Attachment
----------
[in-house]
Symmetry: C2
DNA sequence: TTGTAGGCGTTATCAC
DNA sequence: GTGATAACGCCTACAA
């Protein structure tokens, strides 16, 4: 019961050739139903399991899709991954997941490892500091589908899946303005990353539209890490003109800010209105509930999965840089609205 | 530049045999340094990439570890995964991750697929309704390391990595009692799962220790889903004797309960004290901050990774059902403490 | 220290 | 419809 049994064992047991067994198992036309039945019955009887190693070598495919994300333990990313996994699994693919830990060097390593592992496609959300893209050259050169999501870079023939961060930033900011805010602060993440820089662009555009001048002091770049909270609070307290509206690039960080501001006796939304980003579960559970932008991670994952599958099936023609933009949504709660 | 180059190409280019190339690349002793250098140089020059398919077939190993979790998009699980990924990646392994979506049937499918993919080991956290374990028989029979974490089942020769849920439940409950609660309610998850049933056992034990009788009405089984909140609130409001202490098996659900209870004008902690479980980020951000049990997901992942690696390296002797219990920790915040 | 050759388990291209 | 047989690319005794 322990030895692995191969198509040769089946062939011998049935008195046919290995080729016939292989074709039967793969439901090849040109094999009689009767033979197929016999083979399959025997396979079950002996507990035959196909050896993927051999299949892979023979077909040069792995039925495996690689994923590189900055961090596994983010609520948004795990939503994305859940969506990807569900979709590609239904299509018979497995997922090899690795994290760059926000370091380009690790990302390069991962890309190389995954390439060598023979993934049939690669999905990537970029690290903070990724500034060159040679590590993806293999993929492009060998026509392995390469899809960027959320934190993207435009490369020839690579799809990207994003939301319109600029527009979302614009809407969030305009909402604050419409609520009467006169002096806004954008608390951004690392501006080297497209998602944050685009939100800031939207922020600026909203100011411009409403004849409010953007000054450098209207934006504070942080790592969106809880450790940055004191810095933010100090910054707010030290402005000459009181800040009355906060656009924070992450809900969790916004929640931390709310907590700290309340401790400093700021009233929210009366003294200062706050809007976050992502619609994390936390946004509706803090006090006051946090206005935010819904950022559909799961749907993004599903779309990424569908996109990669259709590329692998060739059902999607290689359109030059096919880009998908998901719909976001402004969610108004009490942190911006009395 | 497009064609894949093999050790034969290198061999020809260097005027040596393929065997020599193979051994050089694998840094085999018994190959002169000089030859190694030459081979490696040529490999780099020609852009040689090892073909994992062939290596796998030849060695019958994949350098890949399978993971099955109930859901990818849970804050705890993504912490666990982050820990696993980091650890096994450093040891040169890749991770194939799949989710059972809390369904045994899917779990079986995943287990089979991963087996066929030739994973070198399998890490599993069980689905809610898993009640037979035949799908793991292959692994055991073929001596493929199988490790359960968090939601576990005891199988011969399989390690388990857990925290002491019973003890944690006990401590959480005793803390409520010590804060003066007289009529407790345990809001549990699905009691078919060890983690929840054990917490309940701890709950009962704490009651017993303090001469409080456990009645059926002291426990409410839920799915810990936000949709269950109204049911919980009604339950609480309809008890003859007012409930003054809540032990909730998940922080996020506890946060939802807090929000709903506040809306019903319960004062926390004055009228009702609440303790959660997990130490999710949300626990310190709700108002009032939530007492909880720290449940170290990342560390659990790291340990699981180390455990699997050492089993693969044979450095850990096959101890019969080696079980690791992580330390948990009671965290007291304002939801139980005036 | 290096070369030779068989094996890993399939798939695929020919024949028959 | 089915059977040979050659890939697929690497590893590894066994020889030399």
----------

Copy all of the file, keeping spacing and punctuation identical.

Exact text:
[in-house]
Symmetry: C2
DNA sequence: TTGTAGGCGTTATCAC
DNA sequence: GTGATAACGCCTACAA
């Protein structure tokens, strides 16, 4: 019961050739139903399991899709991954997941490892500091589908899946303005990353539209890490003109800010209105509930999965840089609205 | 530049045999340094990439570890995964991750697929309704390391990595009692799962220790889903004797309960004290901050990774059902403490 | 220290 | 419809 049994064992047991067994198992036309039945019955009887190693070598495919994300333990990313996994699994693919830990060097390593592992496609959300893209050259050169999501870079023939961060930033900011805010602060993440820089662009555009001048002091770049909270609070307290509206690039960080501001006796939304980003579960559970932008991670994952599958099936023609933009949504709660 | 180059190409280019190339690349002793250098140089020059398919077939190993979790998009699980990924990646392994979506049937499918993919080991956290374990028989029979974490089942020769849920439940409950609660309610998850049933056992034990009788009405089984909140609130409001202490098996659900209870004008902690479980980020951000049990997901992942690696390296002797219990920790915040 | 050759388990291209 | 047989690319005794 322990030895692995191969198509040769089946062939011998049935008195046919290995080729016939292989074709039967793969439901090849040109094999009689009767033979197929016999083979399959025997396979079950002996507990035959196909050896993927051999299949892979023979077909040069792995039925495996690689994923590189900055961090596994983010609520948004795990939503994305859940969506990807569900979709590609239904299509018979497995997922090899690795994290760059926000370091380009690790990302390069991962890309190389995954390439060598023979993934049939690669999905990537970029690290903070990724500034060159040679590590993806293999993929492009060998026509392995390469899809960027959320934190993207435009490369020839690579799809990207994003939301319109600029527009979302614009809407969030305009909402604050419409609520009467006169002096806004954008608390951004690392501006080297497209998602944050685009939100800031939207922020600026909203100011411009409403004849409010953007000054450098209207934006504070942080790592969106809880450790940055004191810095933010100090910054707010030290402005000459009181800040009355906060656009924070992450809900969790916004929640931390709310907590700290309340401790400093700021009233929210009366003294200062706050809007976050992502619609994390936390946004509706803090006090006051946090206005935010819904950022559909799961749907993004599903779309990424569908996109990669259709590329692998060739059902999607290689359109030059096919880009998908998901719909976001402004969610108004009490942190911006009395 | 497009064609894949093999050790034969290198061999020809260097005027040596393929065997020599193979051994050089694998840094085999018994190959002169000089030859190694030459081979490696040529490999780099020609852009040689090892073909994992062939290596796998030849060695019958994949350098890949399978993971099955109930859901990818849970804050705890993504912490666990982050820990696993980091650890096994450093040891040169890749991770194939799949989710059972809390369904045994899917779990079986995943287990089979991963087996066929030739994973070198399998890490599993069980689905809610898993009640037979035949799908793991292959692994055991073929001596493929199988490790359960968090939601576990005891199988011969399989390690388990857990925290002491019973003890944690006990401590959480005793803390409520010590804060003066007289009529407790345990809001549990699905009691078919060890983690929840054990917490309940701890709950009962704490009651017993303090001469409080456990009645059926002291426990409410839920799915810990936000949709269950109204049911919980009604339950609480309809008890003859007012409930003054809540032990909730998940922080996020506890946060939802807090929000709903506040809306019903319960004062926390004055009228009702609440303790959660997990130490999710949300626990310190709700108002009032939530007492909880720290449940170290990342560390659990790291340990699981180390455990699997050492089993693969044979450095850990096959101890019969080696079980690791992580330390948990009671965290007291304002939801139980005036 | 290096070369030779068989094996890993399939798939695929020919024949028959 | 089915059977040979050659890939697929690497590893590894066994020889030399």